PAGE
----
I quite like the idea of in-band control because I like a developer to be able to look at a response and understand all of the transitions without necessarily having to go look at the documentation.  However let's not let my personal preference overly prescribe how people use HAL.

                        • Suresh Kumar
                          Hello Mike, For one of our in-house RESTFul application, we started off defining a domain specific XML vocabulary but ended with a generic XML vocubulary to
                          Message 12 of 14 , Jun 18, 2011
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                            Hello Mike,

                            For one of our in-house RESTFul application, we started off defining a domain specific XML vocabulary but ended with a generic XML vocubulary to describe resources which looks a little similar to what you have proposed. One of the major goal of the vocabulary definition was to have the ability to describe all resources in uniform and consistent manner. Initially we started designing the vocabulary around the semantics of each resource and found out soon that it was harder to maintain. We then decided to make a generic "resource" vocabulary i.e. the vocabulary was aimed at to be applicable to a large set of resources as possible. 

                            The design considered that anything exposed by our application is a resource which can be linked and provides links to other relevant resources so we also included hypermedia controls in the vocabulary similar to what you have done.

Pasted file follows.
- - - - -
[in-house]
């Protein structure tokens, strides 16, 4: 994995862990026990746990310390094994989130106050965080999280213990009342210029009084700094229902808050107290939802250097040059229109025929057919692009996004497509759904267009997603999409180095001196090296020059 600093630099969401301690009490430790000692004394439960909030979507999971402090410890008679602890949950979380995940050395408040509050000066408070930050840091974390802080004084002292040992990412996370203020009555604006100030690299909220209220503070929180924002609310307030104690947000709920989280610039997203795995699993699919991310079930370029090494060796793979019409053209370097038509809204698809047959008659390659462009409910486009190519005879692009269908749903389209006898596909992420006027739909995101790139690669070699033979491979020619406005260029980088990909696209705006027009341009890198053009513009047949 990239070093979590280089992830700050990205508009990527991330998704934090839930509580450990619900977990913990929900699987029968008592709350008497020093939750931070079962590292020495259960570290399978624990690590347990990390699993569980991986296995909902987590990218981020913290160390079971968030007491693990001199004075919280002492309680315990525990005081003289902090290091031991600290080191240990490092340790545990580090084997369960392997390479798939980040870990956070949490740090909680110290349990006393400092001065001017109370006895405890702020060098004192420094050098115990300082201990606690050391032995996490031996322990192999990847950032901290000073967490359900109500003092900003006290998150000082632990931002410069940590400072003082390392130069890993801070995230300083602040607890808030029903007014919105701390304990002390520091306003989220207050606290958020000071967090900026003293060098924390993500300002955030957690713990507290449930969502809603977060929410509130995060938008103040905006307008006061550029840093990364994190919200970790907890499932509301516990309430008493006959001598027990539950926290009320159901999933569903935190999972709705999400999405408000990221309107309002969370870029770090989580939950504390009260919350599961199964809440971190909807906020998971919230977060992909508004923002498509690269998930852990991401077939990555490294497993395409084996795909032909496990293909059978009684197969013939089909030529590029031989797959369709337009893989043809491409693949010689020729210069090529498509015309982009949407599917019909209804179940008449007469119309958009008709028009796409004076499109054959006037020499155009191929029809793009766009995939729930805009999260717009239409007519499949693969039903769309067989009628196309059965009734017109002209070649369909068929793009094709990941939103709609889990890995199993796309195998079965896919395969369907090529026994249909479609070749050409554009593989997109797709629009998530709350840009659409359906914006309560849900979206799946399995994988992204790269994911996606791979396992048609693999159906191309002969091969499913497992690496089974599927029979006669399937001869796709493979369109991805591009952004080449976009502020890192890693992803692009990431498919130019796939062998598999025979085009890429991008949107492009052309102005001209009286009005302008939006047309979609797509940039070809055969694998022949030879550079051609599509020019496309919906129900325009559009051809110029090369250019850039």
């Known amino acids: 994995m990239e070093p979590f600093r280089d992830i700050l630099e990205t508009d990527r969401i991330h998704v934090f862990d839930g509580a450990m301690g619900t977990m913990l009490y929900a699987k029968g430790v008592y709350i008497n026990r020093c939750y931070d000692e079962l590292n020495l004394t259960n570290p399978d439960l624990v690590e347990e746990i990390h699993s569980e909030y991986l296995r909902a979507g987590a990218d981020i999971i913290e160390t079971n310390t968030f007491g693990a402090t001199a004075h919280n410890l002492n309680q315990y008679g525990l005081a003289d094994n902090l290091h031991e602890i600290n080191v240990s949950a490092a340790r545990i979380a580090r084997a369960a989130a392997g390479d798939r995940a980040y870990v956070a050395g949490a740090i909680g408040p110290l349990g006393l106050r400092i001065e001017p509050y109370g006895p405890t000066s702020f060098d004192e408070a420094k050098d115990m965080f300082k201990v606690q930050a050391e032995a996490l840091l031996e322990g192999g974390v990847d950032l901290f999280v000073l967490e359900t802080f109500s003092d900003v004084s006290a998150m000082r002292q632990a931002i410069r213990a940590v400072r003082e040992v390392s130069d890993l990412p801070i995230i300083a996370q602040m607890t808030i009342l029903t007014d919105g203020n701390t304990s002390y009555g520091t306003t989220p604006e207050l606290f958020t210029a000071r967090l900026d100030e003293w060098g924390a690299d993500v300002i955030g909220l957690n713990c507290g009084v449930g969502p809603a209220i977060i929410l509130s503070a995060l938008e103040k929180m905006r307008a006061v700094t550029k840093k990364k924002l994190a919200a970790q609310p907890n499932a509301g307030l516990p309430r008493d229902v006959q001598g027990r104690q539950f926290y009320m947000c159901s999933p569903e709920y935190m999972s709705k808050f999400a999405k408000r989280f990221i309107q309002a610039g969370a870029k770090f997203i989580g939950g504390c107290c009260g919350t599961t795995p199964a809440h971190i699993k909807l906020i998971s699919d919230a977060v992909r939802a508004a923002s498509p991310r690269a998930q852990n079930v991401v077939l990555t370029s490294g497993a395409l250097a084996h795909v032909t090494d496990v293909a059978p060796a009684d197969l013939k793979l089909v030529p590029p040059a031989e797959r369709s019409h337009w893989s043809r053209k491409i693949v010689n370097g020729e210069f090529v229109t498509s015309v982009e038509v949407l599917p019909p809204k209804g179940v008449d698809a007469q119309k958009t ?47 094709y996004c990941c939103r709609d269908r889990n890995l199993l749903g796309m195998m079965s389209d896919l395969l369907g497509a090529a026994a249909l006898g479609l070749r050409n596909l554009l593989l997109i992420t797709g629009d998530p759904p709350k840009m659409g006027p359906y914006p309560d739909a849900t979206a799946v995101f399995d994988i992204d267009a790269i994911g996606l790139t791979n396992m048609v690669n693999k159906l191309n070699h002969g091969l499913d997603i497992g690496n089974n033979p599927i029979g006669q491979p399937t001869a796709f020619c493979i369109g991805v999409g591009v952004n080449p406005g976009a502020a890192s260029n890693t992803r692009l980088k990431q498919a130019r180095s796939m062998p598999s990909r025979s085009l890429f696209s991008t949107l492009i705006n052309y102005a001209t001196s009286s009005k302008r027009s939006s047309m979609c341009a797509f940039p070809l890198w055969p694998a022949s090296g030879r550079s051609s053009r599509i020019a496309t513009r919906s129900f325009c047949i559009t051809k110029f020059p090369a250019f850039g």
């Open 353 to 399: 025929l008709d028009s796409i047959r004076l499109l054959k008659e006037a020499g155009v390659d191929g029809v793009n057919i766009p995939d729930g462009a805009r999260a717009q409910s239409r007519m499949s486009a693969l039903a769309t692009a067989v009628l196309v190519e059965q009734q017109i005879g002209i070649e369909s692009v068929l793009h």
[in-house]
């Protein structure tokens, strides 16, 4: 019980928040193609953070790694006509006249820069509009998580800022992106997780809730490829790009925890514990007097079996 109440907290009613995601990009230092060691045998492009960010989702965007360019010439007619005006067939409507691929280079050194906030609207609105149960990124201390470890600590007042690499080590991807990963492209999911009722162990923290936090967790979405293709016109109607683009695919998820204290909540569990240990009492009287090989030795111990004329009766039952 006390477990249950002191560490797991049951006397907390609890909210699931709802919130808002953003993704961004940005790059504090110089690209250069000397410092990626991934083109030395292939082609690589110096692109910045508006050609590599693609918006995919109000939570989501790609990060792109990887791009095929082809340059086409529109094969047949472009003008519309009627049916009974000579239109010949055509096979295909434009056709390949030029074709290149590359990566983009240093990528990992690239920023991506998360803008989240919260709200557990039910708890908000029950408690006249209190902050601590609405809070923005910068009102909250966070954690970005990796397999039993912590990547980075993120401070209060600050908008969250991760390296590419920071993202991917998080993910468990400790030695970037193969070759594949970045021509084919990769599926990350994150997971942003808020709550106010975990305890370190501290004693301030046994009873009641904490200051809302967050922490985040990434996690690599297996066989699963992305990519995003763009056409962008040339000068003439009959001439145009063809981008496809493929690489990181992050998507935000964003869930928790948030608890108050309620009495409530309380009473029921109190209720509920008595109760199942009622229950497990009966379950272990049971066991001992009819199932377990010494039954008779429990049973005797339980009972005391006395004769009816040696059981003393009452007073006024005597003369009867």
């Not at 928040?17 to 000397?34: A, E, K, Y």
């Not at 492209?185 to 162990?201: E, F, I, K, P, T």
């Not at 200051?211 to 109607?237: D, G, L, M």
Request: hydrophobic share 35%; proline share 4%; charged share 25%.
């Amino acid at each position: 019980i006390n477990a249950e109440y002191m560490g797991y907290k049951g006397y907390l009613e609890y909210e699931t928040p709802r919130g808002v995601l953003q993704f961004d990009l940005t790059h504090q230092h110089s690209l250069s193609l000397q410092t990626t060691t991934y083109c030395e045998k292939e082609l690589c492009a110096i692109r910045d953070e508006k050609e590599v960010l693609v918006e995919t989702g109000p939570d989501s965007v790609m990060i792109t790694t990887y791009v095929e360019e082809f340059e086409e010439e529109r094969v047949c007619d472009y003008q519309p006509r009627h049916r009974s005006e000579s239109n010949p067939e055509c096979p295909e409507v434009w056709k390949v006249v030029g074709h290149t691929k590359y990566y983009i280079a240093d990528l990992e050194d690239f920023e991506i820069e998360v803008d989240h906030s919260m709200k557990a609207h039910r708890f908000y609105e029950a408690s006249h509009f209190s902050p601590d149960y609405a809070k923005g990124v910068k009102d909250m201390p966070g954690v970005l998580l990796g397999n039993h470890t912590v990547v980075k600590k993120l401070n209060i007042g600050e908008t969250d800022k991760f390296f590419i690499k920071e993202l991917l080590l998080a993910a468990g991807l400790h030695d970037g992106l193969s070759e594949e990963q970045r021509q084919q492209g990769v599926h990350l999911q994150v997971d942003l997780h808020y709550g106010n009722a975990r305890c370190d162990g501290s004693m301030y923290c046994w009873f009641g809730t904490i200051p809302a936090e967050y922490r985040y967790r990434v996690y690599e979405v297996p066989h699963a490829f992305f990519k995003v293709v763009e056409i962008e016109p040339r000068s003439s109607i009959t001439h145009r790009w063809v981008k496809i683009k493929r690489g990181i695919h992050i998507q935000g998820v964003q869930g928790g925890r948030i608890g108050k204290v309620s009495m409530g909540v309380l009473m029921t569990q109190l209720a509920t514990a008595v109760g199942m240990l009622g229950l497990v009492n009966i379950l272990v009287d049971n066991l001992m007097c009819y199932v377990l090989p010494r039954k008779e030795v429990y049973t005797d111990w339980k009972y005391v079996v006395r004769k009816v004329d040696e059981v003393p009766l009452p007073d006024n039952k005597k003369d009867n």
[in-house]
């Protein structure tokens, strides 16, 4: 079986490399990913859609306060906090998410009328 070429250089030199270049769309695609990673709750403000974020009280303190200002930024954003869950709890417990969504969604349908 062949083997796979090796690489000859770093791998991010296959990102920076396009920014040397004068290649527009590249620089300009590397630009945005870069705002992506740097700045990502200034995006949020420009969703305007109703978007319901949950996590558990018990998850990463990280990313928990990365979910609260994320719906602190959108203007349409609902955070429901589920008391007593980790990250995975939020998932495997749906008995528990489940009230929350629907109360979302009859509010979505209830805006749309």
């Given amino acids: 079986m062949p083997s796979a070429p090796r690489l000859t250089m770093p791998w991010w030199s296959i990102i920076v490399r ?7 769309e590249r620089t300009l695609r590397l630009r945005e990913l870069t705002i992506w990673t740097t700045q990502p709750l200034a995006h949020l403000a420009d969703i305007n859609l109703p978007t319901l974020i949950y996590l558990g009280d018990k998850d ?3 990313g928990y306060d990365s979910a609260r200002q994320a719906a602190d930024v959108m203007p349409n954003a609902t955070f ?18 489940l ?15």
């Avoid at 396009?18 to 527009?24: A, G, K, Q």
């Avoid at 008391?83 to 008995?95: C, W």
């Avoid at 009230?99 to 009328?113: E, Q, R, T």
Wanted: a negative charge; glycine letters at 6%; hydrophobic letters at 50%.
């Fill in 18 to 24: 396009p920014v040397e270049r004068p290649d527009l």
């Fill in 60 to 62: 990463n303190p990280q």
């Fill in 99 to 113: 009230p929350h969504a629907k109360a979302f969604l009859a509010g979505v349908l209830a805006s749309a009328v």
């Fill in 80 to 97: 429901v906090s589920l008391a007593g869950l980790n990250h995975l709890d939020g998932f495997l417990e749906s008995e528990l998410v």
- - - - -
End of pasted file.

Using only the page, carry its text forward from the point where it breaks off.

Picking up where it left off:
The following is how the vocabulary looks like:

                            <resource href="xsd:anyURI" rel="rels:rel"/>   

                               

                                <!-- Links to related resources -->

                                <refs>

                                    <link rel="rels:rel" href="xsd:anyURI" />

                                </refs>

                               

                                <!-- Navigational links if listing a large collection of resources -->

                                <nav>

                                    <link rel="rels:next" href="xsd:anyURI"/>

                                    <link rel="rels:previous" href="xsd:anyURI"/>

                                    <link rel="rels:first" href="xsd:anyURI"/>

                                    <link rel="rels:last" href="xsd:anyURI"/>

                                </nav>